So I would suggest that whilst some may want to jump off the ladder now, we actually have 10~15 years in which to plan and prepare the path, since come 2030 we will need to begin making serious decisions about replacing the missiles, which will be tricky given (we hope) continued adherence to the nuclear test ban treaty.

    Hence the best strategy is to plan for 2030 so that we are in a good position to enter negotiations with a credible decommissioning strategy and a civilian nuclear power program that doesn’t rely on uranium and plutonium…

Post a Comment

Lib Dem Voice welcomes comments from everyone but we ask you to be polite, to be on topic and to be who you say you are. You can read our comments policy in full here. Please respect it and all readers of the site.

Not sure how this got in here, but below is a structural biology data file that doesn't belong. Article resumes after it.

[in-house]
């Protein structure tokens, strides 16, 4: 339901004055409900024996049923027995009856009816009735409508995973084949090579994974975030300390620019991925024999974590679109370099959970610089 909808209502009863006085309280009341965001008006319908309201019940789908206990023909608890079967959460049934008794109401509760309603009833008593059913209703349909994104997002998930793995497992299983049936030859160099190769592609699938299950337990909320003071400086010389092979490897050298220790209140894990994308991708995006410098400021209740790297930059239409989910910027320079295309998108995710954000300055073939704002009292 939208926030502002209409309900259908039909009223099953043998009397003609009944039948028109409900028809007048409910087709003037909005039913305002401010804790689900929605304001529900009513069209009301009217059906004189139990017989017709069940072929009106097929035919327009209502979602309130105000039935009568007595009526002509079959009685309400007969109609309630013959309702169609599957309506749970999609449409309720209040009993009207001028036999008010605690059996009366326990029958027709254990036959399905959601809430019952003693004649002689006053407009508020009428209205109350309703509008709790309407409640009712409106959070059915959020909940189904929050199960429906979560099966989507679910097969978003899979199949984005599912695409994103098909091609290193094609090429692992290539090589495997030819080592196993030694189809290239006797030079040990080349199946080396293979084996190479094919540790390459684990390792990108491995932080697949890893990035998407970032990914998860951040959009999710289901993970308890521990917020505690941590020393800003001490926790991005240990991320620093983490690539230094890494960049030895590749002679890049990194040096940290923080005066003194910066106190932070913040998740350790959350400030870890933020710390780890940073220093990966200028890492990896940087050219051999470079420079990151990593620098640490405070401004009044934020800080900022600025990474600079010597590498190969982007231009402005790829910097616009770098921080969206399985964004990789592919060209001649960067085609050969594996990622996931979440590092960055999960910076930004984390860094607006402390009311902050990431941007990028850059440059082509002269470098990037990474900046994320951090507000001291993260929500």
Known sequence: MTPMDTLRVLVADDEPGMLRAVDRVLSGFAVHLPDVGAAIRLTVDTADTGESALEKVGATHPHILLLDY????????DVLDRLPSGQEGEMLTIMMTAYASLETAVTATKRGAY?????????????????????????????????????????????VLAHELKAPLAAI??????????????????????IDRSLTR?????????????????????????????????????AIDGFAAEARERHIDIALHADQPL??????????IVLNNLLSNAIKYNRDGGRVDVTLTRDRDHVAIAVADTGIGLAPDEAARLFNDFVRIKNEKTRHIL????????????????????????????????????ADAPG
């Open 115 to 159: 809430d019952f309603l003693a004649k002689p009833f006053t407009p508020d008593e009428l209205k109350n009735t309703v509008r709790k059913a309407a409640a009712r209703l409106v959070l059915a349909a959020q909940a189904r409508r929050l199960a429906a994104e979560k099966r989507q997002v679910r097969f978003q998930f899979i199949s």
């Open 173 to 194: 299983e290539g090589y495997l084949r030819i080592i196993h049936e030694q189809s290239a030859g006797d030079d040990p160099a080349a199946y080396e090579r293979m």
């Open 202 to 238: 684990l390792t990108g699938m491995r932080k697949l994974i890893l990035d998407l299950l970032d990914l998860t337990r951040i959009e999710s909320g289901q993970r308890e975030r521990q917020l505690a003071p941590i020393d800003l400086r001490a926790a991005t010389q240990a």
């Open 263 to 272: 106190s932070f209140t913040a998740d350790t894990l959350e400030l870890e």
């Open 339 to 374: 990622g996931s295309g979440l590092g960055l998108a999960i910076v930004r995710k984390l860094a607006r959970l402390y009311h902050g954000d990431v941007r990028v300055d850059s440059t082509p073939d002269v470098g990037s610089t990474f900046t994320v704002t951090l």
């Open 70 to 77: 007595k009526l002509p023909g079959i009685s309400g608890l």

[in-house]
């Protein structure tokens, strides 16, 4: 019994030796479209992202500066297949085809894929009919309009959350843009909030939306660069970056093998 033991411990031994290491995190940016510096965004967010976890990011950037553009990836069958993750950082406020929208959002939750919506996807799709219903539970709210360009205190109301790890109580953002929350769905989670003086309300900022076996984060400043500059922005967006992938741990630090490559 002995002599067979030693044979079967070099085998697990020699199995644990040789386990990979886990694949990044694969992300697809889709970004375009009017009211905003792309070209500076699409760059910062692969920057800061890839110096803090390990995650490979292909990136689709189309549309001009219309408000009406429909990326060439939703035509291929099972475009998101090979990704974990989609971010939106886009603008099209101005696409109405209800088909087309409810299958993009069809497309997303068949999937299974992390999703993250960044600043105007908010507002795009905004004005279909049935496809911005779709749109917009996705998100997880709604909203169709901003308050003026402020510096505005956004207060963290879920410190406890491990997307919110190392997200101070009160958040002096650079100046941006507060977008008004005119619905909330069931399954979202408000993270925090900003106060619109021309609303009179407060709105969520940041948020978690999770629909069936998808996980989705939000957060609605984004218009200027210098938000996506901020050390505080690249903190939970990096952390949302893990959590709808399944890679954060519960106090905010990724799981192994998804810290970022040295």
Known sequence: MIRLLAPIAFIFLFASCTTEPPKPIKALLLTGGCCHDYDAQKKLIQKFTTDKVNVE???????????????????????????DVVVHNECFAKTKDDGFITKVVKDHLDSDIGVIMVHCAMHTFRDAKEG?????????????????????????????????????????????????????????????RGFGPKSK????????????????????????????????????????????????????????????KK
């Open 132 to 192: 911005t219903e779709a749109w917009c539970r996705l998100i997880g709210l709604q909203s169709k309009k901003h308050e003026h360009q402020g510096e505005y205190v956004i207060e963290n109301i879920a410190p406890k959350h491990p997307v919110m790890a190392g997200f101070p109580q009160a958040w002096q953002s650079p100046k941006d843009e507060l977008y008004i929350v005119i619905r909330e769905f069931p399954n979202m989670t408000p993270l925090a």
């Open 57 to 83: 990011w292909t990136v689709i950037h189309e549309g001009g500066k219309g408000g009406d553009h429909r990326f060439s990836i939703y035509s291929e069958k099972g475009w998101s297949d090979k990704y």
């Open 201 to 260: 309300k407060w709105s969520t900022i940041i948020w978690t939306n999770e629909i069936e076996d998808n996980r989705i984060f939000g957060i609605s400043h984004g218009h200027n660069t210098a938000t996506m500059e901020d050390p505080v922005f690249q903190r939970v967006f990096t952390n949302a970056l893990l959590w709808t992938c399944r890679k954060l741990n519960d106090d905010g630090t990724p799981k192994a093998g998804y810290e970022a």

To have your photo next to your comment please signup your email address with Gravatar.

Your email is never published. Required fields are marked *

Please complete the name of this site, Liberal Democrat ...?


Recent Comments

  • Nonconformistradical
    Mary - that doesn't answer the question of why focus on GP shortage for a local eleciton campaign?...
  • Nonconformistradical
    @theakes "There is always someone close by who can act, family, teachers, social workers etc" Evidence? Suppose the one person close by is themself a dange...
  • Mary ReidMary Reid
    @Jenny Barnes, @David Raw - of course, we can't produce new doctors instantly (although the Tories did promise 6000 more in 2019). But then, thanks to the Brexi...
  • Gordon
    Mel Borthwaite – I agree. Doubly so because ‘local’ is where LibDems are strongest. How to create a credible national party has remained an unsolved mys...
  • Jenny Barnes
    Take a step back. Why is it any concern of the state what gender you identify as or who you find attractive?...